Tuesday, November 3, 2009

Antarctic Journals 1

Antarctica has got me jaded. Believe it or not I have tired of seeing these jagged snowy peaks, the crystalline waters, this unhindered serenity; I am sick of the smell of penguin shit baked day after day against coarse volcanic rock, and the novelty of their “cute” blubber black and white little bodies waddling across the snow, or even of their smoothly synchronized feats under the water, bobbing and diving together like an orange-beaked band of Cirque de Soleil water dwarves, no longer thrills me. Can you believe I now have little desire to ride in a zodiac to observe up close the azure purity of glacial ice, floating in monstrous towers and surreal, inhuman shapes? My appetite, whetted after twenty-five years of lore and curiosity, to witness first-hand the wonders of this untamed, unequaled, indescribable and by many accounts unchartered wilderness has not ceased to exist, but rather I am found craving more of what I had longed for and less of what the limited means of an Antarctic tour can provide. I want to lose myself in these mountains, sleeping under the endless day in the nooks and crannies of its wild, to experience in full force the regality of such a vast, untouched frontier. I want to experience the cold of its waters, for its icy chill to grip me by the spine and squeeze, clenching and clamping every negative degree of frostbit extremity into the blood of my veins; I want to lie in the unresounding silence of dormant snow, to bask in the glimmer and magnitude of a frost-buried terrain; I want to experience Antarctica on its terms, not mine, to allow my body and soul to be raged against by the fury of nature’s every whim, and therefore by the serenity and beauty of its sedative state. I want to bury myself in its reality, charge with full force at everything it has to offer and receive with open arms its returning blow, the kiss upon my face that will be its icy breeze. My time here, short though it has been, has instilled in me the desire—nay, the necessity—to immerse myself in this glorious continent, from peak to peak, from bay to bay, from channel to glacier to interminable sunset, every facet of its dominating world. While Antarctica has fulfilled a long-awaited dream, it has inspired so many more.

Not that I dislike the rumbling sound below as the ship churns through the ice field, breaking what was only recently a solid frozen plane. The mountains rise dauntingly on either side of the channel, glaciers pouring down their valleys; the glaciers end in steep, fifty-foot cornices along the length of the water, the snow and ice calving occasionally with deep, thunderous roars. The giant icebergs grow even larger as the channel advances, the water turning a brilliant blue along their base; its turquoise translucence is that of a serene Caribbean bay, but there are no palm trees here, and the water is treacherously cold. This is where explorers and pioneers have become stuck for winters at a time, locked amid thickly frozen layers. Even now, as the ship makes its way through the channel the ice we have pushed aside in our wake slowly moves back in to reclaim the waterway, removing all signs of our having passed. In another day and time, one could disappear down this channel forever, gone into the sunset without a trace.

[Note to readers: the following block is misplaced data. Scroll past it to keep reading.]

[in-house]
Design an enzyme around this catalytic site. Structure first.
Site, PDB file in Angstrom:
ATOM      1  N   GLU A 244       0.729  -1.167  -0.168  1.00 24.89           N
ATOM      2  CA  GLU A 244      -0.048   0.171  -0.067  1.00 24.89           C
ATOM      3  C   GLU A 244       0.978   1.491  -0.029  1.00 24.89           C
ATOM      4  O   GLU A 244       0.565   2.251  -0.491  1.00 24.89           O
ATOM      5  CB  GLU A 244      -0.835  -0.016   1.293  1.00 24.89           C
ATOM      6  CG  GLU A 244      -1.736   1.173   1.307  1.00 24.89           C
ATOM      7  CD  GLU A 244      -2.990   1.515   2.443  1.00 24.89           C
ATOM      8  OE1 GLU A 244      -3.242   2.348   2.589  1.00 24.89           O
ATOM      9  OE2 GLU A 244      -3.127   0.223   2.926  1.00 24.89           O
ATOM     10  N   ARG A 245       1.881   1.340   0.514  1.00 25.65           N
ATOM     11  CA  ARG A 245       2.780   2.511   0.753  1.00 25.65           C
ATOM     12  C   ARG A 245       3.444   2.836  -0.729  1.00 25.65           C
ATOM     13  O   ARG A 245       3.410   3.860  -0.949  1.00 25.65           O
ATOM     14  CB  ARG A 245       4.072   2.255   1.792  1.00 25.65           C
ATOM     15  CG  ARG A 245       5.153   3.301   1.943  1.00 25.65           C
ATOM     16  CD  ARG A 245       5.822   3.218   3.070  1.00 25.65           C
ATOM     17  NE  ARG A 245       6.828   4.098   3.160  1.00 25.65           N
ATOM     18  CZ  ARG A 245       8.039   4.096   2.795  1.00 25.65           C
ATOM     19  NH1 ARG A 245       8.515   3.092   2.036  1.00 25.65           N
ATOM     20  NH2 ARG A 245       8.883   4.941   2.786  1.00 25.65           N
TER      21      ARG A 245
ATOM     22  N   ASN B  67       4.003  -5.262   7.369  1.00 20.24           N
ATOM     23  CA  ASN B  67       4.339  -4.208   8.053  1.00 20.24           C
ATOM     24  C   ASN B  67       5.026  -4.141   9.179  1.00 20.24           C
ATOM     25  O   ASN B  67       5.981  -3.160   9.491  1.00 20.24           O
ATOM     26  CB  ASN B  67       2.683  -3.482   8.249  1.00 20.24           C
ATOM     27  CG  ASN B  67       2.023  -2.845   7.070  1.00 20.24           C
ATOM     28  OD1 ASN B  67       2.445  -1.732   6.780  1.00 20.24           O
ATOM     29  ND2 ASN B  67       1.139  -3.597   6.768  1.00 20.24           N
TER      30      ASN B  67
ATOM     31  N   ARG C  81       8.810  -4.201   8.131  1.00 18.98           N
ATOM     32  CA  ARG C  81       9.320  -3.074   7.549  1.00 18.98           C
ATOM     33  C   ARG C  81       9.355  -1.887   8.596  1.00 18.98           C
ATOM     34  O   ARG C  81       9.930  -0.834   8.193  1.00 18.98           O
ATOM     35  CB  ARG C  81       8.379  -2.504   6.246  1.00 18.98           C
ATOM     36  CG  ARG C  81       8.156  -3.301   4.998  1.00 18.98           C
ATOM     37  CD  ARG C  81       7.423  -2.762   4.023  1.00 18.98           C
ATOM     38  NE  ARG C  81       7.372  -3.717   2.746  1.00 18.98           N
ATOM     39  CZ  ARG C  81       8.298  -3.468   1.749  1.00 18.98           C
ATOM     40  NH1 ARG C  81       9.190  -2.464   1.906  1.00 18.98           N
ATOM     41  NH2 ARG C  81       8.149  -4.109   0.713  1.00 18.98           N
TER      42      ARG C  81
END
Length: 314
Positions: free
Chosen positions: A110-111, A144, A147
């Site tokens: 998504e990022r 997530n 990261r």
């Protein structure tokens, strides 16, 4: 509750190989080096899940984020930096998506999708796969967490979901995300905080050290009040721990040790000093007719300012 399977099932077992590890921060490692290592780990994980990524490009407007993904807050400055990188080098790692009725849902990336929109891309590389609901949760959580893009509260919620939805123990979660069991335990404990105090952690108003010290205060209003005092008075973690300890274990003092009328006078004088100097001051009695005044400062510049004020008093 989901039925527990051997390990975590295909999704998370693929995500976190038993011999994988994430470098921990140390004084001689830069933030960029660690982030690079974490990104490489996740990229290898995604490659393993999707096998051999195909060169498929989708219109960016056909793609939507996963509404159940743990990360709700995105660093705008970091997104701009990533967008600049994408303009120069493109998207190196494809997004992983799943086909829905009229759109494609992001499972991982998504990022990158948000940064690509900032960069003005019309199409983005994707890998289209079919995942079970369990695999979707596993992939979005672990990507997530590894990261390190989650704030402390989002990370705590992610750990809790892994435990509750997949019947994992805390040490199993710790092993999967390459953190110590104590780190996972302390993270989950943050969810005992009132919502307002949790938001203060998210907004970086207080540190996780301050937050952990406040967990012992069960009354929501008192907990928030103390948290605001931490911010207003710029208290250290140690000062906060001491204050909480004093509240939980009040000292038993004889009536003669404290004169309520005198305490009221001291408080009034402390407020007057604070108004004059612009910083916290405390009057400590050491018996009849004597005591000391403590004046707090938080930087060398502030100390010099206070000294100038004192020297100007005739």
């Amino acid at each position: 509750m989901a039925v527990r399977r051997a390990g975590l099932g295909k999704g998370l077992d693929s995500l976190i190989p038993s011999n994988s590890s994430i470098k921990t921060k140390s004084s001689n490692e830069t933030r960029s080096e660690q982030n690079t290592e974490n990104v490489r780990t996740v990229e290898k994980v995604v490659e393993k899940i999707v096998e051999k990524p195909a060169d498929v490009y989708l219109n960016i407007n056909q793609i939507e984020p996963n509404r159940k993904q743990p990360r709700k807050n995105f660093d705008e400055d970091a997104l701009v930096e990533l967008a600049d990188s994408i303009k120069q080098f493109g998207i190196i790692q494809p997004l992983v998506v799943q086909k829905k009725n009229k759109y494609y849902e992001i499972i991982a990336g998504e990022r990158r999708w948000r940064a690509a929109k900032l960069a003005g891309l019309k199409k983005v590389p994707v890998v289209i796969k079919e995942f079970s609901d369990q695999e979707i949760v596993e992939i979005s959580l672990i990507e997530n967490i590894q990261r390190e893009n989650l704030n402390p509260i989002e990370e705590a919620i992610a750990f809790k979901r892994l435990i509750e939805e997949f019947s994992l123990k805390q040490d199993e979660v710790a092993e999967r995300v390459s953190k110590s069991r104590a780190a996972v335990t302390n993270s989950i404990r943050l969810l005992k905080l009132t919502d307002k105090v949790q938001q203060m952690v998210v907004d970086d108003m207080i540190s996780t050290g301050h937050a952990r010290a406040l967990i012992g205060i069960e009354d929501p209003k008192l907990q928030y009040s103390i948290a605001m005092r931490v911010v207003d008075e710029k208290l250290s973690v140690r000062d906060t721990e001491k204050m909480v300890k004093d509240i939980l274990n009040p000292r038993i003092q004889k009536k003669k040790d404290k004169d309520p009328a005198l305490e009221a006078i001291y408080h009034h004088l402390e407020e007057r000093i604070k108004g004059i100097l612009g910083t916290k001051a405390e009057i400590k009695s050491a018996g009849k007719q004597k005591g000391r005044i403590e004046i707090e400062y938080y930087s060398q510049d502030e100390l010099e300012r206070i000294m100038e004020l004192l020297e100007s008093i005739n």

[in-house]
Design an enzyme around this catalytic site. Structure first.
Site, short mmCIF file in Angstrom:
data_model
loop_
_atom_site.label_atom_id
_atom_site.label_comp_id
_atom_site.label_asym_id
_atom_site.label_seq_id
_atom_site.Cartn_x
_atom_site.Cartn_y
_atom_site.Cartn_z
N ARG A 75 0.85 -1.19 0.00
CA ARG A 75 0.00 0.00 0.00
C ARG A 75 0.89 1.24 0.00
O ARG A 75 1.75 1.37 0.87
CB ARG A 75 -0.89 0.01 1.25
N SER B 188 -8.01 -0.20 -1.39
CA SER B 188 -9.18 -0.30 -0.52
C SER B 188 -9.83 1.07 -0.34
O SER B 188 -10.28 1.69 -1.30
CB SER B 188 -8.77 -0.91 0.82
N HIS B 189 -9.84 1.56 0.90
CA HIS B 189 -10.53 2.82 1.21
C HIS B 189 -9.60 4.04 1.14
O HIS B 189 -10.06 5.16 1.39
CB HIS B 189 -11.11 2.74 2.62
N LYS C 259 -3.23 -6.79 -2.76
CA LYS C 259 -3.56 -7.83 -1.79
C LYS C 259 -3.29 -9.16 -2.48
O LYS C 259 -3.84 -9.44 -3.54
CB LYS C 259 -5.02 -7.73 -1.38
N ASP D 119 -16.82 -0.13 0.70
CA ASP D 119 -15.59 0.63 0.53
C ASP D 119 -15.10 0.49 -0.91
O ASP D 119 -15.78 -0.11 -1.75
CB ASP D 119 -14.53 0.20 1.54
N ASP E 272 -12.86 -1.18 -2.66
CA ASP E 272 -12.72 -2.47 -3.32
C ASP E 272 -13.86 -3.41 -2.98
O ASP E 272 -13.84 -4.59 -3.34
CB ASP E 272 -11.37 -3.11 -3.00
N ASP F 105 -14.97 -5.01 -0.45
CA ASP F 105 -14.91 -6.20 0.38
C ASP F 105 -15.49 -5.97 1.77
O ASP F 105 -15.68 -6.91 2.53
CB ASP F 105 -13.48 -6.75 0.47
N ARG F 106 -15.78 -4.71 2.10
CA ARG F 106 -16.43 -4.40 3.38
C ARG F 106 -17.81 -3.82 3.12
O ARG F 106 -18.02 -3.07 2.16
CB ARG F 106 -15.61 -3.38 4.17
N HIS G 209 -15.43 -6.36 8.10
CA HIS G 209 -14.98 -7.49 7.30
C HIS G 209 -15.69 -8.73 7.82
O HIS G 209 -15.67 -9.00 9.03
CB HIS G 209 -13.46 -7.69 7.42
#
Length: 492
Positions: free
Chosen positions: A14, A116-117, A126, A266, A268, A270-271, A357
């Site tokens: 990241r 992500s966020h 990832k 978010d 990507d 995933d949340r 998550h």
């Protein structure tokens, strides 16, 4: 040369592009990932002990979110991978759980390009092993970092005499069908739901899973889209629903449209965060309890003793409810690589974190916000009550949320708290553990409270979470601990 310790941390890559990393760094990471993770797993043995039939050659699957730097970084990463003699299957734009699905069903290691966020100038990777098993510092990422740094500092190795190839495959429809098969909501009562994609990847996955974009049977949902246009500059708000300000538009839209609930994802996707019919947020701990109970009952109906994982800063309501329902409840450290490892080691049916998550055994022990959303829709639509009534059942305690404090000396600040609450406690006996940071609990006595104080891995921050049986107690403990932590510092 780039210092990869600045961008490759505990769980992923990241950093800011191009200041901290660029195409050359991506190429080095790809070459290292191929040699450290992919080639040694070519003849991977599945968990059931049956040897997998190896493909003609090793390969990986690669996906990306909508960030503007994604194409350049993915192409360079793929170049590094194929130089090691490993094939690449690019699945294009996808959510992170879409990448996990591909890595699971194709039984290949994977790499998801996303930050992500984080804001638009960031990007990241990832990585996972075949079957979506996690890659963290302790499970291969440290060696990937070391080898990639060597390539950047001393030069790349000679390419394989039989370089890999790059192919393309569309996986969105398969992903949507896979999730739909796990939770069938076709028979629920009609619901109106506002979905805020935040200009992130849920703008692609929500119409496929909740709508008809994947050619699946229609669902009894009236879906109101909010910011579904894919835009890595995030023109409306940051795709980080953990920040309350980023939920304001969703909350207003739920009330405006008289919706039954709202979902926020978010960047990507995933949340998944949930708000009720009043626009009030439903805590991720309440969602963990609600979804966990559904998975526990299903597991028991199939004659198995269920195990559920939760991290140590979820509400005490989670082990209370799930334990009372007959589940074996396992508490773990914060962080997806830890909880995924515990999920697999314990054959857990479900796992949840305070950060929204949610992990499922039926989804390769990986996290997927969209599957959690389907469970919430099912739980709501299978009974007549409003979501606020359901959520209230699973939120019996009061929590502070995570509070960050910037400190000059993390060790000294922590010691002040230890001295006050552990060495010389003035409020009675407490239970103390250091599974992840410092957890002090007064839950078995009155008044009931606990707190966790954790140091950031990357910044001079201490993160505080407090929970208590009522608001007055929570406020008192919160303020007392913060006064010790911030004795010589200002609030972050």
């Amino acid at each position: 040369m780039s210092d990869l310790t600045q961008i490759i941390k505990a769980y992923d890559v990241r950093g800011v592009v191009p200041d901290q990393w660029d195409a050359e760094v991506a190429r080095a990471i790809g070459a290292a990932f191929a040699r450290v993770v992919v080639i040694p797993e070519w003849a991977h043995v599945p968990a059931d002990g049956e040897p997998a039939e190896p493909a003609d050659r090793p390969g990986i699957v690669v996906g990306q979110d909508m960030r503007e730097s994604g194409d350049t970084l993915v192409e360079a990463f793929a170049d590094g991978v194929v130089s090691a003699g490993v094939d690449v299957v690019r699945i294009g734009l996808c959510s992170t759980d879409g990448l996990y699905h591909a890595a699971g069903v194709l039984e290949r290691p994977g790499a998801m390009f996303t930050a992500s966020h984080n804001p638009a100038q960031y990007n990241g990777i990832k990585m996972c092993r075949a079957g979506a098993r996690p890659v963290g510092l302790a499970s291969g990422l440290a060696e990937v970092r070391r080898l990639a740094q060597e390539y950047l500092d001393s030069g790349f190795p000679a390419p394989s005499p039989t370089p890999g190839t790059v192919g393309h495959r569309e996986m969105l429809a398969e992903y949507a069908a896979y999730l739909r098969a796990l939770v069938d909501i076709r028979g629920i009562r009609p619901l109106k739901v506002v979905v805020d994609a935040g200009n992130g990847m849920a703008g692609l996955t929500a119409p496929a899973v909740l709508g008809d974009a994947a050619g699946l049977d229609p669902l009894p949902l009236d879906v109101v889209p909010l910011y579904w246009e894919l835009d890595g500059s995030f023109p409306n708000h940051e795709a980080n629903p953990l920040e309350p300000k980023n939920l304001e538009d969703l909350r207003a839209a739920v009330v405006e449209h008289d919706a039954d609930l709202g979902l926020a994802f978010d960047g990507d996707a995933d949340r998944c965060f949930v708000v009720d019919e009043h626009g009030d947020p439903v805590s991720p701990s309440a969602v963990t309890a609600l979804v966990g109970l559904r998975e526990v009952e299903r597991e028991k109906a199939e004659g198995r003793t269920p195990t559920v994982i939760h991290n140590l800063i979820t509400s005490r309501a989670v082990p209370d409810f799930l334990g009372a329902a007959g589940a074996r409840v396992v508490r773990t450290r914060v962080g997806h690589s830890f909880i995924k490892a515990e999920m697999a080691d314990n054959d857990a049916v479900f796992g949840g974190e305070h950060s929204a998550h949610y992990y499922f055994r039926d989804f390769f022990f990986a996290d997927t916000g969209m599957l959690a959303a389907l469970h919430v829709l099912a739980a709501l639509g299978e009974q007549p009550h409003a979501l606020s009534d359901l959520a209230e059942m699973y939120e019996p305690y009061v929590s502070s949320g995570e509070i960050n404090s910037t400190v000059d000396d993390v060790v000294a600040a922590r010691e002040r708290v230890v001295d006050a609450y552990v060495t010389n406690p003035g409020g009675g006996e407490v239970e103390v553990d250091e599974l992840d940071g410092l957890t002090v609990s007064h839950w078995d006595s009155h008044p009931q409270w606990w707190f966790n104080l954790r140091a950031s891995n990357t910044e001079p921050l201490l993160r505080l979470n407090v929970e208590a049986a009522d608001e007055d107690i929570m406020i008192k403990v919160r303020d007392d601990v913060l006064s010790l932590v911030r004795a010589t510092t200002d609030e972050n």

And the sunset… An Antarctic sunset is like the gradual unfolding of a flower: sky-wide layers peel back to reveal swathes of amber and rouge, palatial hues of pink and tangerine, wisps of silk and cotton grays encompassed by a magnanimous plate of blue. The colors unfold over what feels like hours in the late-night sky, revealing themselves naked and sheer over a rocky spine of whitened peaks that bathe and bask in their pastel light. As we ride into the sunset, I think about all that I have seen here, wondering what will be become of this great white continent, and wondering if I will ever live in its glory again.